Background: Bony defects caused by periodontitis are often treated by regenerative therapy using autografts and/or allografts. Alloplasts, such as hydroxyapatite or ceramics, are also used as osteoconductive materials that serve as a scaffold for new bony ingrowth. The purpose of this study was to determine the effect of hydroxyapatite tricalcium phosphate (HA-TCP) on osseous repair in the rat calvarium. Methods: Forty-four adult male Harlan Sprague-Dawley rats were assigned to one of four treatment groups: HA-TCP macroporous disk, HA-TCP microporous disk, HA-TCP granules, and demineralized freeze-dried bone (DFDB). The materials were placed into 8-mm calvarial critical-size defects (CSD). Calvariae were harvested at 10 weeks post-surgery and evaluated histomorphometrically. Results: The DFDB group had significantly (P<0.05) more new bone formation (47%) than any other group. The HA-TCP macroporous disk group had significantly (P<0.05) more new bone formation (19.7%) than the HA-TCP microporous disk (8.5%) or HA-TCP granule (6.9%) groups. Conclusions: The HA-TCP macroporous disk may elicit significant new bone formation due to its rigid space-maintaining scaffold and pore size for vascular ingrowth. It is well tolerated by host tissues and may be a suitable carrier for growth factors.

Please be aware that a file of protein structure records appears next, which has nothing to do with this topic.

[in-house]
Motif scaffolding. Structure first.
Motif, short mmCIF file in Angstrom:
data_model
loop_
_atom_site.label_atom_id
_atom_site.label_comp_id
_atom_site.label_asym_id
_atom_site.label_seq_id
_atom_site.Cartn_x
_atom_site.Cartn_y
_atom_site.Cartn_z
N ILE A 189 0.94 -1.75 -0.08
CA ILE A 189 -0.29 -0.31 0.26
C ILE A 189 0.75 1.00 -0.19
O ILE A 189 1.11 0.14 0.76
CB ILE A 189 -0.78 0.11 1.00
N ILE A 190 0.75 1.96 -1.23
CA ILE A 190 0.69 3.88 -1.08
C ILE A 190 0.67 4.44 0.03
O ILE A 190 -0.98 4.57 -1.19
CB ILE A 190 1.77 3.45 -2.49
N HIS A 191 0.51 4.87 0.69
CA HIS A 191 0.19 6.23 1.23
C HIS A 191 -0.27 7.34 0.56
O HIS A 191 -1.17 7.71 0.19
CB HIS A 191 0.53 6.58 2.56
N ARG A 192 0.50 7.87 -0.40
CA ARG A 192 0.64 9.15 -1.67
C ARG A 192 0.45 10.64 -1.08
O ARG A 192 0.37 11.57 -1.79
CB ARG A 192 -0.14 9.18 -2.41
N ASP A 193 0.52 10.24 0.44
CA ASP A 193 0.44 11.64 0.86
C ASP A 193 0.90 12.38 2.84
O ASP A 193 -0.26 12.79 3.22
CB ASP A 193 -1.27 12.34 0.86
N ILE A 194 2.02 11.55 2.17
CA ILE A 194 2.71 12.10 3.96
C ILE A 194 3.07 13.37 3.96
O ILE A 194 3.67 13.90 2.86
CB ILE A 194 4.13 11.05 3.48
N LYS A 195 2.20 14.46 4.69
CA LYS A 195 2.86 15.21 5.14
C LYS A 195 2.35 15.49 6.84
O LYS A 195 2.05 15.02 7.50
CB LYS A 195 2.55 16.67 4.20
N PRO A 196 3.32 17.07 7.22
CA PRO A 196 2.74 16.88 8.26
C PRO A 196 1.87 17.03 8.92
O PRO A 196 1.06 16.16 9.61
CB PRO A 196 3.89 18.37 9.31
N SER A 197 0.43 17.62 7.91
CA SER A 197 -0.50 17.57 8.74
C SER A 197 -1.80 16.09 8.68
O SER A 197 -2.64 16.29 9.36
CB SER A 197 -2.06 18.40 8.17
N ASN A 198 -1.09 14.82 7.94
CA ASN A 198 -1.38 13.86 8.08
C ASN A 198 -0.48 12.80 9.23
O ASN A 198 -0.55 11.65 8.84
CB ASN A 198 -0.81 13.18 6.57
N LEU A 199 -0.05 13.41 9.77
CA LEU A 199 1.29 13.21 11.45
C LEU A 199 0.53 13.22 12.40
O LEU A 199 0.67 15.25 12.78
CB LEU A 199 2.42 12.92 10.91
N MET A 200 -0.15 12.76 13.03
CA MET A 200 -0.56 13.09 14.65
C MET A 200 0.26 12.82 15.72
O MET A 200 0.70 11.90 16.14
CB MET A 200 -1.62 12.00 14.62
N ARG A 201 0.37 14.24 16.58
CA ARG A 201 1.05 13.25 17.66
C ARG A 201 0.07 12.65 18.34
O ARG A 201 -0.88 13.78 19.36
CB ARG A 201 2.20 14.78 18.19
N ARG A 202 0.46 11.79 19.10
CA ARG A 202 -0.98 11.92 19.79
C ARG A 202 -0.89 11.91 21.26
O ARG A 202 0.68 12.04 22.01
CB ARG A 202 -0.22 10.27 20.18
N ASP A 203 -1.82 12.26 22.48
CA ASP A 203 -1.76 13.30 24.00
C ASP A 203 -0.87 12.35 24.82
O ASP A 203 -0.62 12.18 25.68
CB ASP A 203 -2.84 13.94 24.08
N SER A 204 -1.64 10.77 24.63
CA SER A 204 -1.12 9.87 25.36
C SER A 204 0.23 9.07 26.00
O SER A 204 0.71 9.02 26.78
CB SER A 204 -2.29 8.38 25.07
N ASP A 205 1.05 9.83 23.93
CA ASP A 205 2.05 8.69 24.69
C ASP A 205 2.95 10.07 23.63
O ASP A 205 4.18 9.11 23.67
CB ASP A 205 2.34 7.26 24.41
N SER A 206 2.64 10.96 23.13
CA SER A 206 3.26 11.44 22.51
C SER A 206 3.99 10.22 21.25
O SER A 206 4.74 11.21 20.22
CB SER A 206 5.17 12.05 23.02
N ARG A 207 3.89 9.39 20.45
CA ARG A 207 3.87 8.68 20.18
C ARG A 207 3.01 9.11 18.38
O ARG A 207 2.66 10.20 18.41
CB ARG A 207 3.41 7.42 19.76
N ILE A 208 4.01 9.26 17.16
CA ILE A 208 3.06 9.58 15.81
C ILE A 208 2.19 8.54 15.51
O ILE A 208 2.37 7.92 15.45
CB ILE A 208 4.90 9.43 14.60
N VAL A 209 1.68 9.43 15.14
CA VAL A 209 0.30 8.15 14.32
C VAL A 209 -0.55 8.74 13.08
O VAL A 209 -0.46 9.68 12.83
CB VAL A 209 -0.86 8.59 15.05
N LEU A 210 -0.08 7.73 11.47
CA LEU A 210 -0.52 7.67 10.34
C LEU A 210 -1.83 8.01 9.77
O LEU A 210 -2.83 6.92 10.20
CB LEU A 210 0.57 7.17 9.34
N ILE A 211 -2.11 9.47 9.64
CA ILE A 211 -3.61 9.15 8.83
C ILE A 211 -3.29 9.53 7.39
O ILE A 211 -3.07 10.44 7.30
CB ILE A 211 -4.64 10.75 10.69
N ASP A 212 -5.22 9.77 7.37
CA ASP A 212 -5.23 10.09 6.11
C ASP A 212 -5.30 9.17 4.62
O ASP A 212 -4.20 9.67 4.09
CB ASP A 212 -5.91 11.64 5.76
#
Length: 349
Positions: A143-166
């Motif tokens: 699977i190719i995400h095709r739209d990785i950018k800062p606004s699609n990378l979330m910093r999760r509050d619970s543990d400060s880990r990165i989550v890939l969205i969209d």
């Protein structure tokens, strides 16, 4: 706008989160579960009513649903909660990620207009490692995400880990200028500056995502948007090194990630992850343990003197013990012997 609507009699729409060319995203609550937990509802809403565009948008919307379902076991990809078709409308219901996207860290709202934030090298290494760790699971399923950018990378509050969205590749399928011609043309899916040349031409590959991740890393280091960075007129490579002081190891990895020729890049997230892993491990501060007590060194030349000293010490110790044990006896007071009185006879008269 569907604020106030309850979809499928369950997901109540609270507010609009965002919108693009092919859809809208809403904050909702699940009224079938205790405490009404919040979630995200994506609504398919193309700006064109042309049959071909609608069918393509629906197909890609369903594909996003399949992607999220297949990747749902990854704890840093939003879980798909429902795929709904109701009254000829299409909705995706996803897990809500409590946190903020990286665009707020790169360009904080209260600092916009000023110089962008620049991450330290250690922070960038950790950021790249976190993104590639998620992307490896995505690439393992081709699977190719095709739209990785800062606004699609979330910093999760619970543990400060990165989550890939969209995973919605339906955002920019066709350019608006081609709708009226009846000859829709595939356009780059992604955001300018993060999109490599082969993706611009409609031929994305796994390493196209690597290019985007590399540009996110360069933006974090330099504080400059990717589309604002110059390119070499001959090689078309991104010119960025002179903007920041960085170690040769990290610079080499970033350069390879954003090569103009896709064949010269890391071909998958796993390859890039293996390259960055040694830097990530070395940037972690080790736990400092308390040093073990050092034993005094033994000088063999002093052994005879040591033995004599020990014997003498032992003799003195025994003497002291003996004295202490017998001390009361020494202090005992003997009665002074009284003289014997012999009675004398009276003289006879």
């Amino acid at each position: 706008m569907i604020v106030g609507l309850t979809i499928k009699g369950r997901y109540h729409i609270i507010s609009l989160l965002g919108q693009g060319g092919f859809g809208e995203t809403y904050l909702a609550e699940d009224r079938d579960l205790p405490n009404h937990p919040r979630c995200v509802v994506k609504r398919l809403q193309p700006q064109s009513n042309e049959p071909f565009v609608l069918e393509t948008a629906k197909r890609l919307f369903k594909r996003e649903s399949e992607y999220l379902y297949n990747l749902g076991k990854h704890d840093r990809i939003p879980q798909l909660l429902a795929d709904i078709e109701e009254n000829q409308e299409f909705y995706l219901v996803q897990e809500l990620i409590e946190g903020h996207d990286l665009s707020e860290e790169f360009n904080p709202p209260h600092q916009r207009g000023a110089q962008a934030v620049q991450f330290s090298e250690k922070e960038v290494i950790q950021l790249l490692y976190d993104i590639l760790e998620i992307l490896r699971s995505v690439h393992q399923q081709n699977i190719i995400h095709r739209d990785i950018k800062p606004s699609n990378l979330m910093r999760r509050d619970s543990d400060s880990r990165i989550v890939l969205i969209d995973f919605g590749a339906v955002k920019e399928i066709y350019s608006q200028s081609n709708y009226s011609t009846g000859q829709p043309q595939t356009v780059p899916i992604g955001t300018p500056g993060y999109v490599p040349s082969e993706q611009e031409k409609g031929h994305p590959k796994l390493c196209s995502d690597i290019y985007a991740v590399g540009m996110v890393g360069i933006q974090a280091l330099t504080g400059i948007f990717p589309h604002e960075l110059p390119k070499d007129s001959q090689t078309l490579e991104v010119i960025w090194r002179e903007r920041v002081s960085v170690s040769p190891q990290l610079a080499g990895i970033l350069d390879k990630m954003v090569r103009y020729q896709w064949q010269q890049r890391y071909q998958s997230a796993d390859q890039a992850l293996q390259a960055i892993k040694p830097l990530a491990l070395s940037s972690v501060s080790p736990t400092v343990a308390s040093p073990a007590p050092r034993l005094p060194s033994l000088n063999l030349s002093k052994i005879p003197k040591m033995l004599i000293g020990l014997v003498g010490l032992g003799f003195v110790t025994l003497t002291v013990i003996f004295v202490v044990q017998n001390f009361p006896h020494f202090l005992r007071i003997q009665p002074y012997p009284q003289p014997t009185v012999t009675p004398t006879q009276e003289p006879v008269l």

- Wound healing
ASJC Scopus subject areas